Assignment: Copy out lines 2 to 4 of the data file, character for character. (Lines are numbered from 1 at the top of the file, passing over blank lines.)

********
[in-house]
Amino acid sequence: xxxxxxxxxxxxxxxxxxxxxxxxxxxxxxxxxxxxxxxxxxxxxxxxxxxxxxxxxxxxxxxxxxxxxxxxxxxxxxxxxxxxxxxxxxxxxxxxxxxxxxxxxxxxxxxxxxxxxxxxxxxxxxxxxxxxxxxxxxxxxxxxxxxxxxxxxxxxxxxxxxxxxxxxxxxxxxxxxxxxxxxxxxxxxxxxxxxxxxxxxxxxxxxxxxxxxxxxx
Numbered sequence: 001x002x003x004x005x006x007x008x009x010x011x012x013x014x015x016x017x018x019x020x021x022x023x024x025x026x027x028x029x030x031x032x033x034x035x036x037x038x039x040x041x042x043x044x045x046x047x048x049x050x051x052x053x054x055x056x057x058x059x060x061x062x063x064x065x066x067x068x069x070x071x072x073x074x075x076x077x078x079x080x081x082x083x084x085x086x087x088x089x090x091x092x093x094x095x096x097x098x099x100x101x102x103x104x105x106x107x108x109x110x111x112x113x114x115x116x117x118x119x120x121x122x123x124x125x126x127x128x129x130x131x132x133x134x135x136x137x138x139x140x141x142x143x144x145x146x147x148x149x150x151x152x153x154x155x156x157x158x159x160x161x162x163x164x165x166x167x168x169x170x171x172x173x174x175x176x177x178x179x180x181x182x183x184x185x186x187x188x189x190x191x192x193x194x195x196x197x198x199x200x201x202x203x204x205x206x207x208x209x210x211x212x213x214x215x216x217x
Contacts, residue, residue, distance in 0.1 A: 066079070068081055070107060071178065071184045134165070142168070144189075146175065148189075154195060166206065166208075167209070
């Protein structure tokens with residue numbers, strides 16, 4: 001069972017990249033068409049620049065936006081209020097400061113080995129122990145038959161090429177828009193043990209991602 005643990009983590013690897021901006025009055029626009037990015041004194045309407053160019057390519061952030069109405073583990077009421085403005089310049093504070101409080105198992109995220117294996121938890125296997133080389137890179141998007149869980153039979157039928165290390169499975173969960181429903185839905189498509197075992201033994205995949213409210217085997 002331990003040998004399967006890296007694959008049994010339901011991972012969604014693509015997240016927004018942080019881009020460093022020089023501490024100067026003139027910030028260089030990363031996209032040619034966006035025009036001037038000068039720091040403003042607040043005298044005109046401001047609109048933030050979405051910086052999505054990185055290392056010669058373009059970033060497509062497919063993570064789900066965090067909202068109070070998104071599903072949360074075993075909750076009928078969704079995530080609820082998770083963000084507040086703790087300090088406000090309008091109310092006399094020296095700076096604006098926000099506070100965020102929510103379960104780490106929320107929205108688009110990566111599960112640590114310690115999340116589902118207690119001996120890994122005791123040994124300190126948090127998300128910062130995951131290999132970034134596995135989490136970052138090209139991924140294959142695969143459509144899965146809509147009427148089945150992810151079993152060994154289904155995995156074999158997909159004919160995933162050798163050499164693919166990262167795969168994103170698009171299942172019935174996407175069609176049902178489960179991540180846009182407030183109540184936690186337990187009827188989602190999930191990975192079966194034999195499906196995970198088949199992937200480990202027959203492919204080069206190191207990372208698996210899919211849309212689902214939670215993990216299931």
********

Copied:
Amino acid sequence: xxxxxxxxxxxxxxxxxxxxxxxxxxxxxxxxxxxxxxxxxxxxxxxxxxxxxxxxxxxxxxxxxxxxxxxxxxxxxxxxxxxxxxxxxxxxxxxxxxxxxxxxxxxxxxxxxxxxxxxxxxxxxxxxxxxxxxxxxxxxxxxxxxxxxxxxxxxxxxxxxxxxxxxxxxxxxxxxxxxxxxxxxxxxxxxxxxxxxxxxxxxxxxxxxxxxxxxxx
Numbered sequence: 001x002x003x004x005x006x007x008x009x010x011x012x013x014x015x016x017x018x019x020x021x022x023x024x025x026x027x028x029x030x031x032x033x034x035x036x037x038x039x040x041x042x043x044x045x046x047x048x049x050x051x052x053x054x055x056x057x058x059x060x061x062x063x064x065x066x067x068x069x070x071x072x073x074x075x076x077x078x079x080x081x082x083x084x085x086x087x088x089x090x091x092x093x094x095x096x097x098x099x100x101x102x103x104x105x106x107x108x109x110x111x112x113x114x115x116x117x118x119x120x121x122x123x124x125x126x127x128x129x130x131x132x133x134x135x136x137x138x139x140x141x142x143x144x145x146x147x148x149x150x151x152x153x154x155x156x157x158x159x160x161x162x163x164x165x166x167x168x169x170x171x172x173x174x175x176x177x178x179x180x181x182x183x184x185x186x187x188x189x190x191x192x193x194x195x196x197x198x199x200x201x202x203x204x205x206x207x208x209x210x211x212x213x214x215x216x217x
Contacts, residue, residue, distance in 0.1 A: 066079070068081055070107060071178065071184045134165070142168070144189075146175065148189075154195060166206065166208075167209070